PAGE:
I haven't experienced Linux in any business environments, or even encountered more than a few users other than myself, but I read a lot here and on linux.org. I think most people that are moving from Windows to Linux want the easy point-and-click interfaces and wizards and automatic updates. Even veteran Linux users who've been distro shopping tend to settle on "easy" distros like Ubuntu. They tend to refer to Slackware as not user-friendly, difficult to configure and install, lacking features, blah blah.

The truth is Slackware is designed to be minimal with little overhead. When I was distro shopping I knew what I wanted - the most UNIX-like distro, and that is Slackware. Pat has done a great job of keeping Slackware what it is and not following suit behind the distros that decided to include more software and eye candy. The minimal installation is something that drives others away - emphasis on commandline, default runlevel 3.

When someone tells you Slackware is "old-fashioned" just tell them "That means Slackware is doing something right." Slackware is THE oldest surviving distro.

trashbird1240 08-01-2007 11:35 AM

Quote:

Originally Posted by raska
Well... I know that www.proan.com has and uses Slackware on their web and mail server... because that's one part of my job and I personally installed and configured that server :D (though I didn't do the webpage, and... it's horrible)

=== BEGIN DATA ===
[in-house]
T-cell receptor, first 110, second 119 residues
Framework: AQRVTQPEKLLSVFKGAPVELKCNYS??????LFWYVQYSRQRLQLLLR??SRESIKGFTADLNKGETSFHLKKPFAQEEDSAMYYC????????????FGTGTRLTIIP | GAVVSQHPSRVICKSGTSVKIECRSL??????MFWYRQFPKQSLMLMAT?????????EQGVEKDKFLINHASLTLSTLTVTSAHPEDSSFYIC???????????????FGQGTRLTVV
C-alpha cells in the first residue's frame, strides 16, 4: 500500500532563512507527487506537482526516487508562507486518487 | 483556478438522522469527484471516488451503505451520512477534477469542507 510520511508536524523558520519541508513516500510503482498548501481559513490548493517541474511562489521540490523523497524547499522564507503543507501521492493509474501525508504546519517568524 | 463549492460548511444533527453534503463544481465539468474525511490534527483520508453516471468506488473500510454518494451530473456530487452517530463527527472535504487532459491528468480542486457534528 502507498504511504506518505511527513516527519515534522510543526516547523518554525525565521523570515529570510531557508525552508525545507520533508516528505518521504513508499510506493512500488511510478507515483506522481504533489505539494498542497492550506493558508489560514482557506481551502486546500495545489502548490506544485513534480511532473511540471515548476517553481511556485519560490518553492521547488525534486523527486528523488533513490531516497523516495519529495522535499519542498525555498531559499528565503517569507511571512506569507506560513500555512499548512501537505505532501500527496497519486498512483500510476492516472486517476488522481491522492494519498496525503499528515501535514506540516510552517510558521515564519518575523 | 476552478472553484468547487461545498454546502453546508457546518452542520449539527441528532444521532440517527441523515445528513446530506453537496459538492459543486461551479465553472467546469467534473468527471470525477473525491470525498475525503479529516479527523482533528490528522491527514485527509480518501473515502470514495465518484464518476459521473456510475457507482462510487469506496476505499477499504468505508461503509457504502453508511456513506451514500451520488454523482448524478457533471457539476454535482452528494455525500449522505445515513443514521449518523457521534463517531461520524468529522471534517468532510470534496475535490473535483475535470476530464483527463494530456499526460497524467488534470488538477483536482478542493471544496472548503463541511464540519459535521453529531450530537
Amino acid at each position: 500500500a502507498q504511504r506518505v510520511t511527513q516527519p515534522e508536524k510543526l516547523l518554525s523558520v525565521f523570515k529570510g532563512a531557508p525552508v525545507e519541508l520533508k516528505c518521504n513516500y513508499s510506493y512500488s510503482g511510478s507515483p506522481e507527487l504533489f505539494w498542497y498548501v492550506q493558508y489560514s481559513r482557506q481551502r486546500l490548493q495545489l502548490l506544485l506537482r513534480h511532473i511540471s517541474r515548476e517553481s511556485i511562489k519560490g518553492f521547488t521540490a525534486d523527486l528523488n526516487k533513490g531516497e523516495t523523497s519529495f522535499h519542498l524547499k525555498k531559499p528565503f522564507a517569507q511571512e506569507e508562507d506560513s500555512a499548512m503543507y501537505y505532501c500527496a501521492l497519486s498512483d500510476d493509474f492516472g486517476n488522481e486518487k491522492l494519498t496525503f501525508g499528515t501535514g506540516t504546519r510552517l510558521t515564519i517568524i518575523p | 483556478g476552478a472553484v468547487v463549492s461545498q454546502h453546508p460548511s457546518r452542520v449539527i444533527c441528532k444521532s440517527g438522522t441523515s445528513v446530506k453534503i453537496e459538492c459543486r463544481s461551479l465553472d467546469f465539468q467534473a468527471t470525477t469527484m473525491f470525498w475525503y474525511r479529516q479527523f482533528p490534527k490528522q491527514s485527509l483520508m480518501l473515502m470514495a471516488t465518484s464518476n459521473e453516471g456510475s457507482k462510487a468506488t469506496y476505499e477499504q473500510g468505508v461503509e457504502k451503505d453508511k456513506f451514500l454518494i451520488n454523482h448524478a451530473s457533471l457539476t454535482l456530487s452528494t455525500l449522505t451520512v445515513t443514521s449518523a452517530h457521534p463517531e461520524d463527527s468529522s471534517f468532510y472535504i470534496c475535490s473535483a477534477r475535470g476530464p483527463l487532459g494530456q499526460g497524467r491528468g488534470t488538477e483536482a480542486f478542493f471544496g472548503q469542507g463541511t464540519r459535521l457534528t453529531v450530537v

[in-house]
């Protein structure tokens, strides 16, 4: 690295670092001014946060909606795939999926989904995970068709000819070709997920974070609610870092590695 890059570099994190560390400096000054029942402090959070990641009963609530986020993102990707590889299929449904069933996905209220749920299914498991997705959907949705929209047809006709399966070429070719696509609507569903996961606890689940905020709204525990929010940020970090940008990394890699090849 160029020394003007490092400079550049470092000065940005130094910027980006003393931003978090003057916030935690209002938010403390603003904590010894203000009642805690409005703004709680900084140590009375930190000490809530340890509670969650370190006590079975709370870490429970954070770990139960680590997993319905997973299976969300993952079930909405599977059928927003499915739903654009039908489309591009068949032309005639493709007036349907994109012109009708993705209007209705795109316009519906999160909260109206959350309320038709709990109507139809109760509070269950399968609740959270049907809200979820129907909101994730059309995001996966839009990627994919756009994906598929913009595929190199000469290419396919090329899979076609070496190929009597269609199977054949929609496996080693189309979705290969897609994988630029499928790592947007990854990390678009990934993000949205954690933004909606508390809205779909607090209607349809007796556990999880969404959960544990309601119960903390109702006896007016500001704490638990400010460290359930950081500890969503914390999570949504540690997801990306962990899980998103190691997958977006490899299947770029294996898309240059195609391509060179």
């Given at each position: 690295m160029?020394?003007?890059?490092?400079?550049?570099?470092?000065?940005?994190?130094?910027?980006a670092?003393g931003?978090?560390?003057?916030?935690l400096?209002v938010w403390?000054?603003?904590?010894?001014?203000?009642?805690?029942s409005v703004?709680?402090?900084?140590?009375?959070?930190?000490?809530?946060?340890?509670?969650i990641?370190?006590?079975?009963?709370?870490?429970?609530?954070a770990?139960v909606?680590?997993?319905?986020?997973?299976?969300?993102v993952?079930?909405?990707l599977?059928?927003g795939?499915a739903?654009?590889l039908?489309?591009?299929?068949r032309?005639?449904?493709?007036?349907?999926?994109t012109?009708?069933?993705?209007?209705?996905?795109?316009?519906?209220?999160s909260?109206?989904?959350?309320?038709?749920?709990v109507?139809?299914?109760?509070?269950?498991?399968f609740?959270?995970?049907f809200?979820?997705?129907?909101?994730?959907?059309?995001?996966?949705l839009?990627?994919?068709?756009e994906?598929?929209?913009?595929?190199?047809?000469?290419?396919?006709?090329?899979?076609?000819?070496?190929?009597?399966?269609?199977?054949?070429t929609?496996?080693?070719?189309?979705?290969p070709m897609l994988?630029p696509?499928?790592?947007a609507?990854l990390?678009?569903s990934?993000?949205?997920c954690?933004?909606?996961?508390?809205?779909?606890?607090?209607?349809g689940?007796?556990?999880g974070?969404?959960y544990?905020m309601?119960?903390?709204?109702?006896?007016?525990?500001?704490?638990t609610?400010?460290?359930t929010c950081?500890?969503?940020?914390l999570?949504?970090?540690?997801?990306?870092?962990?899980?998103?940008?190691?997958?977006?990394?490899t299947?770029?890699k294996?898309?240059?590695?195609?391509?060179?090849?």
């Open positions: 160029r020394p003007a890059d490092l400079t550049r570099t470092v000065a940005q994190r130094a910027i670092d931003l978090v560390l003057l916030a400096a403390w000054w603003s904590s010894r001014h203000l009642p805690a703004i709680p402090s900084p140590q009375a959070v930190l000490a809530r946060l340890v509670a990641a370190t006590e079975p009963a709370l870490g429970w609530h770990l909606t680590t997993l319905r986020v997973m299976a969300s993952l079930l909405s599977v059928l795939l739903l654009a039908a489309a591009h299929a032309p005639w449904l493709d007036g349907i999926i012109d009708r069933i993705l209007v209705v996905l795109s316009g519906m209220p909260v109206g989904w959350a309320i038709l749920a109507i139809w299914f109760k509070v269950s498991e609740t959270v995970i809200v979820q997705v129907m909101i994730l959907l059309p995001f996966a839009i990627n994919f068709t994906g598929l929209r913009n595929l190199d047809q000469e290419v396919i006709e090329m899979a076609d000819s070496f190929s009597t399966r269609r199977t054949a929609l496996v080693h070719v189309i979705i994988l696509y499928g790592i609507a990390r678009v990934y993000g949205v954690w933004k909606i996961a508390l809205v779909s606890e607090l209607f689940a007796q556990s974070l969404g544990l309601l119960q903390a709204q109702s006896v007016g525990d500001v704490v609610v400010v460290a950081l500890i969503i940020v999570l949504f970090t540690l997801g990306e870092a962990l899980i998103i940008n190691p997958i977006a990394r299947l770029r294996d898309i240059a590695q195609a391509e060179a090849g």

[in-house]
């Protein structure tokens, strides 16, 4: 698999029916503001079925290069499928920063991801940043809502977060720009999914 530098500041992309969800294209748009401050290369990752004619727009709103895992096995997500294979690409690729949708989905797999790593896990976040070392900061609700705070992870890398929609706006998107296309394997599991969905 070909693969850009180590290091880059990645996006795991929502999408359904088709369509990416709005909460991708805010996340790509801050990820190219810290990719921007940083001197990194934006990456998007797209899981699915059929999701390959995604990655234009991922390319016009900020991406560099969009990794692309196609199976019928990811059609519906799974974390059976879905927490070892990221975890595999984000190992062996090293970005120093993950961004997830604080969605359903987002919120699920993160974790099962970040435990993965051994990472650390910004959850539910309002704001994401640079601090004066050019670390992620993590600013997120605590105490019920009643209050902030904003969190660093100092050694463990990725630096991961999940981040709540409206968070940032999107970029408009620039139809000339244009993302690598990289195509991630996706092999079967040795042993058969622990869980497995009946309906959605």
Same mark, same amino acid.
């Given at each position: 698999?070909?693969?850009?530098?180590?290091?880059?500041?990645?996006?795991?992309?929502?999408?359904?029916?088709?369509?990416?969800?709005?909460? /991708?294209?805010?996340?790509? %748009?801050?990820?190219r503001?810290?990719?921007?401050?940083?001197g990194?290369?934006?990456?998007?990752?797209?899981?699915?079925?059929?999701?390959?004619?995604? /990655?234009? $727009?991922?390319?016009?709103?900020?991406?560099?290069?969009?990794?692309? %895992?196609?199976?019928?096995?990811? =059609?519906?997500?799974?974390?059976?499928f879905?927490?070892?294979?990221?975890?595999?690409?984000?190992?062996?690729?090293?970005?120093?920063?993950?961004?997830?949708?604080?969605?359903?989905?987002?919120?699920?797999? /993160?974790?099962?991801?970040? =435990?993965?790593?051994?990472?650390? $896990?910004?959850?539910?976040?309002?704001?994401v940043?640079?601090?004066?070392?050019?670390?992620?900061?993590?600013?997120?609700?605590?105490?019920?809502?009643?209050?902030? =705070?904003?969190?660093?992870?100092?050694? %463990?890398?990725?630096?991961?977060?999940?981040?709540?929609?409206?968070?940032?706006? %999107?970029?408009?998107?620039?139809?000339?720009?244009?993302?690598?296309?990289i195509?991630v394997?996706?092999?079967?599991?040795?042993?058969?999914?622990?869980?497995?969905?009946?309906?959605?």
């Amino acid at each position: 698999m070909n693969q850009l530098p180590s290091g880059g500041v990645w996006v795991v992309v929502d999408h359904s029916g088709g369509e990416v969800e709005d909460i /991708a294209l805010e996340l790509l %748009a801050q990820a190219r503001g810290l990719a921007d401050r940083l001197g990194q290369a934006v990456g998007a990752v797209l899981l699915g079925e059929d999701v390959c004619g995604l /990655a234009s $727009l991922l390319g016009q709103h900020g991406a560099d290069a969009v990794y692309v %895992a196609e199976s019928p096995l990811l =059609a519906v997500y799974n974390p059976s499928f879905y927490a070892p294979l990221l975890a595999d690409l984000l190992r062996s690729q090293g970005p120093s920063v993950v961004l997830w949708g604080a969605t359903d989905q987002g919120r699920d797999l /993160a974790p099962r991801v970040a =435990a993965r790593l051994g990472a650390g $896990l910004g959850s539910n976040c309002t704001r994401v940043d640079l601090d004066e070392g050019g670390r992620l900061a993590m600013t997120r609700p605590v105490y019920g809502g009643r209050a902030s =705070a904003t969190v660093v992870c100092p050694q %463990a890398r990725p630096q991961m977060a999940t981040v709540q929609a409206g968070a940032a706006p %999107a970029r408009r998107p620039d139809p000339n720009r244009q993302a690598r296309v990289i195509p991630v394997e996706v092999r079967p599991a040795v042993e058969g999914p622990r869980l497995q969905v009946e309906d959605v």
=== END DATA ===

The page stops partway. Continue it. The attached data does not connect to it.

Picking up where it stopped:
I see, slackware is good at hosting webpages with cute farm animals...I would count giving me a webpage in Spanish, when I clicked on "Ingles" as pretty bad, horrible may be pushing it. I'll explore and see how horrible it is ;)

Quote:

Though I don't quite get why would you want to know or what are you trying to prove there.
I'm just the sort of person who likes to know things. I get lots of funny reactions to that, too :P No, the real reason is -- oh, wait, yeah, I'm just curious. Like I said, I only hear about RedHat and SuSE, to many people "Linux" is synonymous with RedHat.

I'm not trying to prove anything, I'm still going to use Slackware, even if I find out Micro$oft uses it ;)

Joel

hitest 08-01-2007 11:38 AM

Quote:

Originally Posted by dracolich
I haven't experienced Linux in any business environments, or even encountered more than a few users other than myself, but I read a lot here and on linux.org. I think most people that are moving from Windows to Linux want the easy point-and-click interfaces and wizards and automatic updates. Even veteran Linux users who've been distro shopping tend to settle on "easy" distros like Ubuntu. They tend to refer to Slackware as not user-friendly, difficult to configure and install, lacking features, blah blah.

The truth is Slackware is designed to be minimal with little overhead. When I was distro shopping I knew what I wanted - the most UNIX-like distro, and that is Slackware. Pat has done a great job of keeping Slackware what it is and not following suit behind the distros that decided to include more software and eye candy. The minimal installation is something that drives others away - emphasis on commandline, default runlevel 3.

When someone tells you Slackware is "old-fashioned" just tell them "That means Slackware is doing something right." Slackware is THE oldest surviving distro.